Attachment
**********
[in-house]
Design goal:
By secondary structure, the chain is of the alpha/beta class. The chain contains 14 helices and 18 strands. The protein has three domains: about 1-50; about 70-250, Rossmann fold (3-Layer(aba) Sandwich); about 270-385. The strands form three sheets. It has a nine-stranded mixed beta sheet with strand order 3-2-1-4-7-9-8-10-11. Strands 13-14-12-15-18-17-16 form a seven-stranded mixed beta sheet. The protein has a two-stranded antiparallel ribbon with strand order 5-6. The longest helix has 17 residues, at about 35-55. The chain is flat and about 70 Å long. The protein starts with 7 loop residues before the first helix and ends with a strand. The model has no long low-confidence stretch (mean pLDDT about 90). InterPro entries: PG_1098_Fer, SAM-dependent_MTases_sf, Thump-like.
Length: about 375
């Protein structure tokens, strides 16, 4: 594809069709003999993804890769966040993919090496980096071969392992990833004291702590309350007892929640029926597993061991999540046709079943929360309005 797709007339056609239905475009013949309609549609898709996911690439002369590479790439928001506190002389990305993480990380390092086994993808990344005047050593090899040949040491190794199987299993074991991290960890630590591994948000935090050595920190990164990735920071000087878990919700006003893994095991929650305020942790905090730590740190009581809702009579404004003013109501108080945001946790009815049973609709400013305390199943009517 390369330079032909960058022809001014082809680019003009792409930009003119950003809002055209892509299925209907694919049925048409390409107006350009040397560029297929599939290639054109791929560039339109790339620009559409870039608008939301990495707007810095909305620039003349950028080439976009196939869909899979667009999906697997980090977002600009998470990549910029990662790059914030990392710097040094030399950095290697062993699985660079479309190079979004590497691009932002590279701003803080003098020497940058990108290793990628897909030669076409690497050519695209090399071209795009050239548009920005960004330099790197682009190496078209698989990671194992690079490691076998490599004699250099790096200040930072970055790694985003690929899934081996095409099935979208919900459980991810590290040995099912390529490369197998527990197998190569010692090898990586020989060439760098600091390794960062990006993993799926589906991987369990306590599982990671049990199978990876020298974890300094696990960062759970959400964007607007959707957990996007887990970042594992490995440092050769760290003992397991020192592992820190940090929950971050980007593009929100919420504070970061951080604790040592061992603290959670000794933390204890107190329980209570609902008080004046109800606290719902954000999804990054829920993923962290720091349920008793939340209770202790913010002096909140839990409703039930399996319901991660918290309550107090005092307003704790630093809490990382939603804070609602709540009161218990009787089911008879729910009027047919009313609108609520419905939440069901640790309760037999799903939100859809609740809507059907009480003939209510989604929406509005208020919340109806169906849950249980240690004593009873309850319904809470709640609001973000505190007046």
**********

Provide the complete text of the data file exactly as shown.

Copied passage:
[in-house]
Design goal:
By secondary structure, the chain is of the alpha/beta class. The chain contains 14 helices and 18 strands. The protein has three domains: about 1-50; about 70-250, Rossmann fold (3-Layer(aba) Sandwich); about 270-385. The strands form three sheets. It has a nine-stranded mixed beta sheet with strand order 3-2-1-4-7-9-8-10-11. Strands 13-14-12-15-18-17-16 form a seven-stranded mixed beta sheet. The protein has a two-stranded antiparallel ribbon with strand order 5-6. The longest helix has 17 residues, at about 35-55. The chain is flat and about 70 Å long. The protein starts with 7 loop residues before the first helix and ends with a strand. The model has no long low-confidence stretch (mean pLDDT about 90). InterPro entries: PG_1098_Fer, SAM-dependent_MTases_sf, Thump-like.
Length: about 375
């Protein structure tokens, strides 16, 4: 594809069709003999993804890769966040993919090496980096071969392992990833004291702590309350007892929640029926597993061991999540046709079943929360309005 797709007339056609239905475009013949309609549609898709996911690439002369590479790439928001506190002389990305993480990380390092086994993808990344005047050593090899040949040491190794199987299993074991991290960890630590591994948000935090050595920190990164990735920071000087878990919700006003893994095991929650305020942790905090730590740190009581809702009579404004003013109501108080945001946790009815049973609709400013305390199943009517 390369330079032909960058022809001014082809680019003009792409930009003119950003809002055209892509299925209907694919049925048409390409107006350009040397560029297929599939290639054109791929560039339109790339620009559409870039608008939301990495707007810095909305620039003349950028080439976009196939869909899979667009999906697997980090977002600009998470990549910029990662790059914030990392710097040094030399950095290697062993699985660079479309190079979004590497691009932002590279701003803080003098020497940058990108290793990628897909030669076409690497050519695209090399071209795009050239548009920005960004330099790197682009190496078209698989990671194992690079490691076998490599004699250099790096200040930072970055790694985003690929899934081996095409099935979208919900459980991810590290040995099912390529490369197998527990197998190569010692090898990586020989060439760098600091390794960062990006993993799926589906991987369990306590599982990671049990199978990876020298974890300094696990960062759970959400964007607007959707957990996007887990970042594992490995440092050769760290003992397991020192592992820190940090929950971050980007593009929100919420504070970061951080604790040592061992603290959670000794933390204890107190329980209570609902008080004046109800606290719902954000999804990054829920993923962290720091349920008793939340209770202790913010002096909140839990409703039930399996319901991660918290309550107090005092307003704790630093809490990382939603804070609602709540009161218990009787089911008879729910009027047919009313609108609520419905939440069901640790309760037999799903939100859809609740809507059907009480003939209510989604929406509005208020919340109806169906849950249980240690004593009873309850319904809470709640609001973000505190007046």